That power could come from Donnie Murphy, the journeyman middle infielder who has been with four different organizations since being drafted by Kansas City in 2002. His big-league experience has been limited to various cups of coffee, ranging from the short pull (27 and 88 PA in 2004-2005) to the grande (117 and 132 PAs in 2007-2008), with another of the former in 2010, when he bopped three home runs and six doubles in 47 plate appearances between July and September.
With a starting role, Murphy could finally leverage his .172 minor-league ISO to bring the kind of pop fantasy owners want at third base. His power rose at each level of the minors, reaching .539 in Triple-A, while his minor-league 17.4 percent whiff rate and 7.9 percent walk rate helped him maintain a .281 batting average overall. PECOTA likes his chances, too—although his .251 batting average isn’t great in his 50th percentile, his .456 SLG is much better, rising to .470 in just his 60th percentile. That would bring owners good value in NL-only leagues and deeper mixed leagues, making Murphy the one to watch here.
Across the diamond, and across the state (or at least up I-75 a bit), Tampa Bay picked its starting first baseman, Dan Johnson, whom fantasy owners can get a little excited about. Johnson has always enticed with his .236 ISO in the minors, but that power has never emerged in the bigs. His slugging peaked in his .275/.355/.451 rookie season (.281 TAv), while only his small-sample 2008 (29 PA) approached that ISO with a .231. After spending 2009 in Japan, he returned last season to muster a .198/.343/.414 triple-slash line in 140 PA that at least delivered a .216 ISO.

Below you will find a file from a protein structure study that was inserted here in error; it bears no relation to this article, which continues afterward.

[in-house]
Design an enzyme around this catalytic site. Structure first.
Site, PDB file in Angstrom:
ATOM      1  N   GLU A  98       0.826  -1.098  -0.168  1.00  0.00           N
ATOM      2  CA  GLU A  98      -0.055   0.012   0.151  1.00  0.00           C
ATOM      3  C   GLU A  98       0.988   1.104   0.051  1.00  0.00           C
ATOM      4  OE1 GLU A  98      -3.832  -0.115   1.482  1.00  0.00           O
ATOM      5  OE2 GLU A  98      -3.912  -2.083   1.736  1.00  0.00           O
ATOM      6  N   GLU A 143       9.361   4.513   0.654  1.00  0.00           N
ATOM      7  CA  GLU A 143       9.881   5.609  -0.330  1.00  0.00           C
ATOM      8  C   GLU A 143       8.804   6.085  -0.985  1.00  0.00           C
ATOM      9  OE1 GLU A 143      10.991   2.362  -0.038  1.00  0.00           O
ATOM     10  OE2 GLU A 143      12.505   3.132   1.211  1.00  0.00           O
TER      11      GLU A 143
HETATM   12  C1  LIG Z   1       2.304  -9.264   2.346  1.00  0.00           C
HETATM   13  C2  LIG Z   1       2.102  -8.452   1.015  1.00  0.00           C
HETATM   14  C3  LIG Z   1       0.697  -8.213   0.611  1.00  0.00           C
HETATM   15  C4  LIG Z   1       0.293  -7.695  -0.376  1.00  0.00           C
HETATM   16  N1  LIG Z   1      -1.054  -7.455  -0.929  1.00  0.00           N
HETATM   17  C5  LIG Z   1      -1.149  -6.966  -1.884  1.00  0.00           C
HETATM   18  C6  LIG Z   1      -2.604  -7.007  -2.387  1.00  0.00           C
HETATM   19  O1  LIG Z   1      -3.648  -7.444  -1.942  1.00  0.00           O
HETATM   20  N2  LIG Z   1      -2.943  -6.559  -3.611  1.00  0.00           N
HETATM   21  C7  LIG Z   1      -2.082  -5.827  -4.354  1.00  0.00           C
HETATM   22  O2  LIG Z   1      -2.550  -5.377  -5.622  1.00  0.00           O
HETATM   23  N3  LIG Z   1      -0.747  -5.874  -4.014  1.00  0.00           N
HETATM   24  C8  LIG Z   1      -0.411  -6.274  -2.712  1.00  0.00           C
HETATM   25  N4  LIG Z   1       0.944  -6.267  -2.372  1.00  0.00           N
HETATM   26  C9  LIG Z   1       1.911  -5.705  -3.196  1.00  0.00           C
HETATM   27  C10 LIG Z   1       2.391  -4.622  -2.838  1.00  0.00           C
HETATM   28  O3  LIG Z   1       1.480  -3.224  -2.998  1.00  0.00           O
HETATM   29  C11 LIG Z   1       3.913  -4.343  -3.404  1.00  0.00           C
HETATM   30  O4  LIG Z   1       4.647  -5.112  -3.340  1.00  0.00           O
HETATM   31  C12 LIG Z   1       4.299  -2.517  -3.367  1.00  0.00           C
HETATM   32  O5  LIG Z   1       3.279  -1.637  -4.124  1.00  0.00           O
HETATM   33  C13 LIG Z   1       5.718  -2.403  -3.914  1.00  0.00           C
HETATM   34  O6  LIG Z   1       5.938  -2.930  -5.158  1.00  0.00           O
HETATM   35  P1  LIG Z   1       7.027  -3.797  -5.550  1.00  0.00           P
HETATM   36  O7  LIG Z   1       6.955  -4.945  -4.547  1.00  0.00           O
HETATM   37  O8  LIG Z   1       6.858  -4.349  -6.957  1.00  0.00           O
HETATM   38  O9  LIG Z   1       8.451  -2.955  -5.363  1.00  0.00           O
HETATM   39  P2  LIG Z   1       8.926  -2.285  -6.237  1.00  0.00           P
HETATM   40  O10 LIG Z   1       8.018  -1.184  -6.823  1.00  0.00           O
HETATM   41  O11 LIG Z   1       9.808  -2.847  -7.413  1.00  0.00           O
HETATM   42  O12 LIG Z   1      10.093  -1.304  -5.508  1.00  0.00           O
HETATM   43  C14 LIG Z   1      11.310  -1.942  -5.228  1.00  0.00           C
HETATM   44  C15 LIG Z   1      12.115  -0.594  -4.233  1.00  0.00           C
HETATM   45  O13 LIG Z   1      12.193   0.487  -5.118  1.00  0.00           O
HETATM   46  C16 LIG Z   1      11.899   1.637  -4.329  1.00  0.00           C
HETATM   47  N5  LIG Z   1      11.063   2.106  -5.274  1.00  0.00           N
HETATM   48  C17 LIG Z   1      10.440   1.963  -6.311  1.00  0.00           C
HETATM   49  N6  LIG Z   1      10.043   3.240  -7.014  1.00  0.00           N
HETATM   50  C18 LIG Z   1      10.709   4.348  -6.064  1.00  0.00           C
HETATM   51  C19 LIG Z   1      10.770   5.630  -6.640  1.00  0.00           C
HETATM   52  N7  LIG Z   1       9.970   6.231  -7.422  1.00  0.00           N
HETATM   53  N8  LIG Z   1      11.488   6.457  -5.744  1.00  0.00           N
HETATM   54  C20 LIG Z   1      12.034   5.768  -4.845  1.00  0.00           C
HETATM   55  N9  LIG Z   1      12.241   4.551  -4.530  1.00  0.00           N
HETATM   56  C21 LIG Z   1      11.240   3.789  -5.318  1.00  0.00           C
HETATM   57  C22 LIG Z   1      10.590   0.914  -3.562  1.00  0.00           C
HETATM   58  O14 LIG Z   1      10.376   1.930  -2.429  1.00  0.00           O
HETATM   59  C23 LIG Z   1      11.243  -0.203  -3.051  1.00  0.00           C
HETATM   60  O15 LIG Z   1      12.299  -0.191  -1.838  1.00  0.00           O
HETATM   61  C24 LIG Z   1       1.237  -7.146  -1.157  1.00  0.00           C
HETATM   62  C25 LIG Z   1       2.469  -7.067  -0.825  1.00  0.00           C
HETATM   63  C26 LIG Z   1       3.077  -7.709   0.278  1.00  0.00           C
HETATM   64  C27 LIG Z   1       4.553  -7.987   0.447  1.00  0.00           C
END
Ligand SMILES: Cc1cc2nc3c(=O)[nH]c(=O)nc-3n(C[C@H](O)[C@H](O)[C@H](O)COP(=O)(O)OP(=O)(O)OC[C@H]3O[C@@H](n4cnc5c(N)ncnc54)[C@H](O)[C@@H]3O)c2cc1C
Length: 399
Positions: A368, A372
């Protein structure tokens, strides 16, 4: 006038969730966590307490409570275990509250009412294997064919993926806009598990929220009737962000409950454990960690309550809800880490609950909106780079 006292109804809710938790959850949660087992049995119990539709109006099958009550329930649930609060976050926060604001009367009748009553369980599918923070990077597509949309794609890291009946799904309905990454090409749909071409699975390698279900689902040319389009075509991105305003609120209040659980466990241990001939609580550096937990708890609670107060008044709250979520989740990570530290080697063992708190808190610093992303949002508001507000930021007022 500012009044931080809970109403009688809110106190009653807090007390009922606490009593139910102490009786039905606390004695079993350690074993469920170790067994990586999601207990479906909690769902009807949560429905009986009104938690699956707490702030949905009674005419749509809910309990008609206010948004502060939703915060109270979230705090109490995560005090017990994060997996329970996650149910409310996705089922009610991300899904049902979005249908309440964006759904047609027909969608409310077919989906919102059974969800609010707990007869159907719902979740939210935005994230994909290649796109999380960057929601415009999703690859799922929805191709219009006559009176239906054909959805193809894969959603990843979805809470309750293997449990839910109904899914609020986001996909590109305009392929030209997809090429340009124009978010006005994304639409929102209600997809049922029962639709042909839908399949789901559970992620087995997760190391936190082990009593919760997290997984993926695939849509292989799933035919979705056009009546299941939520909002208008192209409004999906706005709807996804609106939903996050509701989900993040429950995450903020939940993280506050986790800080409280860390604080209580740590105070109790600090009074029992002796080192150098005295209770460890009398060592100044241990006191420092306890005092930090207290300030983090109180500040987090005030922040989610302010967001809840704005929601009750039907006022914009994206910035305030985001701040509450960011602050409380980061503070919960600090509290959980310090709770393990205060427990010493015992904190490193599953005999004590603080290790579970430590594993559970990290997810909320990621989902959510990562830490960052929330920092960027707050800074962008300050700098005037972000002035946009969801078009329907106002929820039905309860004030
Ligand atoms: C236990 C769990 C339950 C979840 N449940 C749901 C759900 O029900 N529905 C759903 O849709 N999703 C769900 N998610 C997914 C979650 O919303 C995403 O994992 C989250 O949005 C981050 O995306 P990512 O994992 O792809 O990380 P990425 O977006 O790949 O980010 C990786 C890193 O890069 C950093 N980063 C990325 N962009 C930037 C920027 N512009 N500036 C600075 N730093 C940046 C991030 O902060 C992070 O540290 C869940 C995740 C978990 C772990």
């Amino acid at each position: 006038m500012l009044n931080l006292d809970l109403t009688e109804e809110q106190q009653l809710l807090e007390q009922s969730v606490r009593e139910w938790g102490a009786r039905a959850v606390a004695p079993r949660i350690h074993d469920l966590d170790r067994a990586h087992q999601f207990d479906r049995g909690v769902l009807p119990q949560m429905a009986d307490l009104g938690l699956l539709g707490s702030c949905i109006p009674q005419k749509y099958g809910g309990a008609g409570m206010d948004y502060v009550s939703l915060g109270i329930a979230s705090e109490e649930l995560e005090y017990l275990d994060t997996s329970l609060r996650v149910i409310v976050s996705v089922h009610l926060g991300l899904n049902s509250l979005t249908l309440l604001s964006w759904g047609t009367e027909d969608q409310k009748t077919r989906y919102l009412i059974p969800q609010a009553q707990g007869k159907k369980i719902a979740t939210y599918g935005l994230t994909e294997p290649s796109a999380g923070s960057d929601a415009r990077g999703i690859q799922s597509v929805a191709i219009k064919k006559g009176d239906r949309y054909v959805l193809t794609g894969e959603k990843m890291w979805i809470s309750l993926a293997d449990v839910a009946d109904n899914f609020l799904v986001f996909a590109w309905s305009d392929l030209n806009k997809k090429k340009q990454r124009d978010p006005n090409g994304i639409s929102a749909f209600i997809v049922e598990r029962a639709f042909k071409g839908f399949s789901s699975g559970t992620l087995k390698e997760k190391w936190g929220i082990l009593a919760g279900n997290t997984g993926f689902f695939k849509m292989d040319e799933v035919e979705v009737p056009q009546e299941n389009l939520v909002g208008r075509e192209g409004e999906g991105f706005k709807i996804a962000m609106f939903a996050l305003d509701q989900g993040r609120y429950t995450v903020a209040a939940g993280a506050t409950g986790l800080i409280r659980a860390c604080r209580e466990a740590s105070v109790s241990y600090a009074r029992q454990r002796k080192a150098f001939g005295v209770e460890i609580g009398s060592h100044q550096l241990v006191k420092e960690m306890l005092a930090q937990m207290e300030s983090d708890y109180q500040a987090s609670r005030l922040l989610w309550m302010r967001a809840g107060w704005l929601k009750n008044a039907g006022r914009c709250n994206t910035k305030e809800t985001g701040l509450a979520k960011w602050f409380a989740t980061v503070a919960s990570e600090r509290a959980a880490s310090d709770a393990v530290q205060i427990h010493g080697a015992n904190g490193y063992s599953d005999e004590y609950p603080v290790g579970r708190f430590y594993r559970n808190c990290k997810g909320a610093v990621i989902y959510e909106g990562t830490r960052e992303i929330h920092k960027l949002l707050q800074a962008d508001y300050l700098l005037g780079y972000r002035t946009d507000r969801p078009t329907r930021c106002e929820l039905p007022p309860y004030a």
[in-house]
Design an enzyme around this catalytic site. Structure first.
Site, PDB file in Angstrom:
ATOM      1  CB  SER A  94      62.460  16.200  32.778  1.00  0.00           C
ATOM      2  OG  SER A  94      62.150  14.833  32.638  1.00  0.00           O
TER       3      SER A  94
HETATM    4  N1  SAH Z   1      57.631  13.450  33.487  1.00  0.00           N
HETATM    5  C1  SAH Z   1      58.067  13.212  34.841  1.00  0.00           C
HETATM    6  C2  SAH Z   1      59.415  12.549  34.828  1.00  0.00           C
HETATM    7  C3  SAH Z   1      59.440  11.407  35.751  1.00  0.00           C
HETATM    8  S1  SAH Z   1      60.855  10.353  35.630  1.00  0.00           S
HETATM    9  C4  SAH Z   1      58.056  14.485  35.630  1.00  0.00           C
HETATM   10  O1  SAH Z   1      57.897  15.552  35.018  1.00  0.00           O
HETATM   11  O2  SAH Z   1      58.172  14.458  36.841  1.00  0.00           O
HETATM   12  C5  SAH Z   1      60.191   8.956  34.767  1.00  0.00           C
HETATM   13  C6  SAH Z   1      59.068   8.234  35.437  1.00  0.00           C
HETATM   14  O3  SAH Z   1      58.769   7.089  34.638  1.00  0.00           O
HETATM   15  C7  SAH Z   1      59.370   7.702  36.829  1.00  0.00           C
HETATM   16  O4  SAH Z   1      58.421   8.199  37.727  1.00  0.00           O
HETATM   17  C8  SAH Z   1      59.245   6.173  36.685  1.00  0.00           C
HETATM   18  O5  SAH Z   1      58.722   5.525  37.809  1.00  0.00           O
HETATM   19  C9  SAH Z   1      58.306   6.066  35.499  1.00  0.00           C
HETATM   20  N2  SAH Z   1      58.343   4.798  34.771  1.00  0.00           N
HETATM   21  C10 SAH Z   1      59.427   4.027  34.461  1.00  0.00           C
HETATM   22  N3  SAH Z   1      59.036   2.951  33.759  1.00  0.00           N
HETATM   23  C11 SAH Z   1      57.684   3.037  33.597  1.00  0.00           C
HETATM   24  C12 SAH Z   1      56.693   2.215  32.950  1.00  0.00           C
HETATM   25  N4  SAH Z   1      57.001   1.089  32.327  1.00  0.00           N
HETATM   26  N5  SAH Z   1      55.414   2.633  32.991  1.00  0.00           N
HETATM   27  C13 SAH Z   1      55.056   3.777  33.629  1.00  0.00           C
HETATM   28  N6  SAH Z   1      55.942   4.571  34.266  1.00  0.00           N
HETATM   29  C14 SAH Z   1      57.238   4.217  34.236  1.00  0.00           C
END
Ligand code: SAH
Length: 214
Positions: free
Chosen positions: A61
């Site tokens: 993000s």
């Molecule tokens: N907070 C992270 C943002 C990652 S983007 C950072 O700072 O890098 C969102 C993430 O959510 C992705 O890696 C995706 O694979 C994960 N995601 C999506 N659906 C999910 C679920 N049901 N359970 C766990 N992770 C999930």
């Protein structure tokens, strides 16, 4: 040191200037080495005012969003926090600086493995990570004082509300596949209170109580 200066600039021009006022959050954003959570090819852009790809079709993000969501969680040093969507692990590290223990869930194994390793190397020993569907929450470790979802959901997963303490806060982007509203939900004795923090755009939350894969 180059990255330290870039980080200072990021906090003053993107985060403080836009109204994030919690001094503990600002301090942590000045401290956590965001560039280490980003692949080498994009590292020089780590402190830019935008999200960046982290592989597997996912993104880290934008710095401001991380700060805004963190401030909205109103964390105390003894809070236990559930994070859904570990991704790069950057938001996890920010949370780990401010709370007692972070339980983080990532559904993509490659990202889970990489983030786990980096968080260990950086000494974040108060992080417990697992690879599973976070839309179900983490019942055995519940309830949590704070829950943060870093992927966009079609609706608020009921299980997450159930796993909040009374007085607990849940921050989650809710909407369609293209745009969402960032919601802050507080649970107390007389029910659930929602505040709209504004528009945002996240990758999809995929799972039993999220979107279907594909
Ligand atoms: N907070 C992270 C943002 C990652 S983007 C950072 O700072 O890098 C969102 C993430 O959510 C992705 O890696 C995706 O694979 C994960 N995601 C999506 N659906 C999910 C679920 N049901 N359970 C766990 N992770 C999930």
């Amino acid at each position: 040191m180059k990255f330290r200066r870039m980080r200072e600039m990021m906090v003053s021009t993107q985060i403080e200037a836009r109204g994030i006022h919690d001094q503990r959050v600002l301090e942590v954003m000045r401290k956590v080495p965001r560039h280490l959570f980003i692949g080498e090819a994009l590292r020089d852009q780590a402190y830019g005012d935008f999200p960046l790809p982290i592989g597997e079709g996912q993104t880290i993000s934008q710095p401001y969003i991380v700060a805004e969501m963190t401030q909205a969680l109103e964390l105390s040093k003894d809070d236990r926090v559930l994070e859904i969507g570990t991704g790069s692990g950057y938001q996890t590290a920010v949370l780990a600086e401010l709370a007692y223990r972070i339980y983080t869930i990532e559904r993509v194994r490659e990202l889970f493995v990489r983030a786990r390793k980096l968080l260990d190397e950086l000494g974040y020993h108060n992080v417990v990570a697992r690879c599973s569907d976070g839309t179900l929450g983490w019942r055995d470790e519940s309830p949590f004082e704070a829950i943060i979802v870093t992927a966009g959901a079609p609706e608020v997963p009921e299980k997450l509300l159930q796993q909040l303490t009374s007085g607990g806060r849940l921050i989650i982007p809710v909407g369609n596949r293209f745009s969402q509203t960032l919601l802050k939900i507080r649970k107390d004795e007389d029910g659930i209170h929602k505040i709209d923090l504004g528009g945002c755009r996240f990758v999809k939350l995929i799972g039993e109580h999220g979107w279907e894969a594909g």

Little of this major-league power outage can be written up to bad luck on fly balls, as Johnson has remained in the 10-12 percent range of HR/FB during much of his career, until last season’s 17.9 percent. But he has shifted his swing plane, pushing his fly ball rate from 38.2 percent his rookie year to 47.1 percent last season. Maintaining that fly-ball rate is a good thing for his power, and it helps explain Johnson’s batting average dip last year.
A .188 BABIP didn’t help his average, either, so owners should expect a readjustment in 2011 to a more valuable batting average. PECOTA agrees, as Johnson’s .244/.366/.462 represents an excellent .295 TAv, 10th among starting first basemen. His slugging should exceed .500 above his 80th percentile, though his batting average would only reach .275 in his 90th percentile, where he’d also crack 30 dingers. His excellent 13.3 percent career walk rate gives him value in OBP leagues, too, making Dan Johnson a very good pickup in both mixed and AL-only leagues.
Pepper – quick hits on other news items
The Dodgers have been using Marcus Thames at first base, with Mattingly hinting he might be considering a platoon for him with James Loney. Owners could use both in a fantasy platoon, or find increased value from the boost to Thames’ playing time.
St. Louis demoted Matt Carpenter, leaving the door wide open for David Freese to seize the job, though Nick Punto isn’t far from returning. Maybe Freese’s .293/.310/.561 line in 42 spring training plate appearances has LaRussa believing in a comeback. Consider Freese as another good late-round gamble.